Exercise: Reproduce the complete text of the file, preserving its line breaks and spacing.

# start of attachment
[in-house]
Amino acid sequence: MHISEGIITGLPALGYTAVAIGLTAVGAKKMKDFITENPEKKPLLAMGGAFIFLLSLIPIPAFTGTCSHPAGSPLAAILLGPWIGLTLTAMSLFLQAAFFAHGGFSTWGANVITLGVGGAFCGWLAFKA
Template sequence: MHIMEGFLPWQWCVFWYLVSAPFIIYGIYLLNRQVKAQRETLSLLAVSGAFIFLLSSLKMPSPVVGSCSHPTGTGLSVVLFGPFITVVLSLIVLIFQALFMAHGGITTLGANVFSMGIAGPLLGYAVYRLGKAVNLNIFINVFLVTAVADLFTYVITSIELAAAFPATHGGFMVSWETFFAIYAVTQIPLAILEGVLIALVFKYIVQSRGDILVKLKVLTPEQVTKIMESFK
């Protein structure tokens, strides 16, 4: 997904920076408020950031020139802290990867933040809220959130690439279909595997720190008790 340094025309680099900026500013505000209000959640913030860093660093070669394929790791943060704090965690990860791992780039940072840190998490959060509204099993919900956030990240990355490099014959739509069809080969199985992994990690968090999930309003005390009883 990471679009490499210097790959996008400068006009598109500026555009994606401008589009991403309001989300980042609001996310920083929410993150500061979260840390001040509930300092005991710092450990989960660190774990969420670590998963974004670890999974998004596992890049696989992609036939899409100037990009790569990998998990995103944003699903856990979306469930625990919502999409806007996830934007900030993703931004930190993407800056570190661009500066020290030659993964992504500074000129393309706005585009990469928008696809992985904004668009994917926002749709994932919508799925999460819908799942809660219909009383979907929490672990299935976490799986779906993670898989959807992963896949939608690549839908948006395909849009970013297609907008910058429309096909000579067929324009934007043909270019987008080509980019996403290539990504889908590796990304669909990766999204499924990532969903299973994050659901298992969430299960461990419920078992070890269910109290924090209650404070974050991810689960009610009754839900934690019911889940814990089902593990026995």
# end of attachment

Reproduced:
[in-house]
Amino acid sequence: MHISEGIITGLPALGYTAVAIGLTAVGAKKMKDFITENPEKKPLLAMGGAFIFLLSLIPIPAFTGTCSHPAGSPLAAILLGPWIGLTLTAMSLFLQAAFFAHGGFSTWGANVITLGVGGAFCGWLAFKA
Template sequence: MHIMEGFLPWQWCVFWYLVSAPFIIYGIYLLNRQVKAQRETLSLLAVSGAFIFLLSSLKMPSPVVGSCSHPTGTGLSVVLFGPFITVVLSLIVLIFQALFMAHGGITTLGANVFSMGIAGPLLGYAVYRLGKAVNLNIFINVFLVTAVADLFTYVITSIELAAAFPATHGGFMVSWETFFAIYAVTQIPLAILEGVLIALVFKYIVQSRGDILVKLKVLTPEQVTKIMESFK
């Protein structure tokens, strides 16, 4: 997904920076408020950031020139802290990867933040809220959130690439279909595997720190008790 340094025309680099900026500013505000209000959640913030860093660093070669394929790791943060704090965690990860791992780039940072840190998490959060509204099993919900956030990240990355490099014959739509069809080969199985992994990690968090999930309003005390009883 990471679009490499210097790959996008400068006009598109500026555009994606401008589009991403309001989300980042609001996310920083929410993150500061979260840390001040509930300092005991710092450990989960660190774990969420670590998963974004670890999974998004596992890049696989992609036939899409100037990009790569990998998990995103944003699903856990979306469930625990919502999409806007996830934007900030993703931004930190993407800056570190661009500066020290030659993964992504500074000129393309706005585009990469928008696809992985904004668009994917926002749709994932919508799925999460819908799942809660219909009383979907929490672990299935976490799986779906993670898989959807992963896949939608690549839908948006395909849009970013297609907008910058429309096909000579067929324009934007043909270019987008080509980019996403290539990504889908590796990304669909990766999204499924990532969903299973994050659901298992969430299960461990419920078992070890269910109290924090209650404070974050991810689960009610009754839900934690019911889940814990089902593990026995």